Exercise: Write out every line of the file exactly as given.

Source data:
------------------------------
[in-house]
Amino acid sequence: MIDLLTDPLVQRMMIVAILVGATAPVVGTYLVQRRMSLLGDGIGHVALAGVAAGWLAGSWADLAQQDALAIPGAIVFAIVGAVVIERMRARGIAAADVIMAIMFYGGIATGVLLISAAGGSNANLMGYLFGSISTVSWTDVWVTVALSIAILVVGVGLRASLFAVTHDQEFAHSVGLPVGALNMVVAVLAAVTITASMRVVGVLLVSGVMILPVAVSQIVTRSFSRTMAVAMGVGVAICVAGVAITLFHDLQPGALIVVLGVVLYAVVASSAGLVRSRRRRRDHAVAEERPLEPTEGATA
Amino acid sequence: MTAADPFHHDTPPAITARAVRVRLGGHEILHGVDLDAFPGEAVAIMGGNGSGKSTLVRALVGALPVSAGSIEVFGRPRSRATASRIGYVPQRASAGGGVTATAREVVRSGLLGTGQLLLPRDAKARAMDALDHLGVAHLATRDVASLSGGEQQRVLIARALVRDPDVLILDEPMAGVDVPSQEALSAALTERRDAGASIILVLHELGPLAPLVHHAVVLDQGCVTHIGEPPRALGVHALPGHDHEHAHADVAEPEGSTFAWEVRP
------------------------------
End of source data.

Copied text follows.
[in-house]
Amino acid sequence: MIDLLTDPLVQRMMIVAILVGATAPVVGTYLVQRRMSLLGDGIGHVALAGVAAGWLAGSWADLAQQDALAIPGAIVFAIVGAVVIERMRARGIAAADVIMAIMFYGGIATGVLLISAAGGSNANLMGYLFGSISTVSWTDVWVTVALSIAILVVGVGLRASLFAVTHDQEFAHSVGLPVGALNMVVAVLAAVTITASMRVVGVLLVSGVMILPVAVSQIVTRSFSRTMAVAMGVGVAICVAGVAITLFHDLQPGALIVVLGVVLYAVVASSAGLVRSRRRRRDHAVAEERPLEPTEGATA
Amino acid sequence: MTAADPFHHDTPPAITARAVRVRLGGHEILHGVDLDAFPGEAVAIMGGNGSGKSTLVRALVGALPVSAGSIEVFGRPRSRATASRIGYVPQRASAGGGVTATAREVVRSGLLGTGQLLLPRDAKARAMDALDHLGVAHLATRDVASLSGGEQQRVLIARALVRDPDVLILDEPMAGVDVPSQEALSAALTERRDAGASIILVLHELGPLAPLVHHAVVLDQGCVTHIGEPPRALGVHALPGHDHEHAHADVAEPEGSTFAWEVRP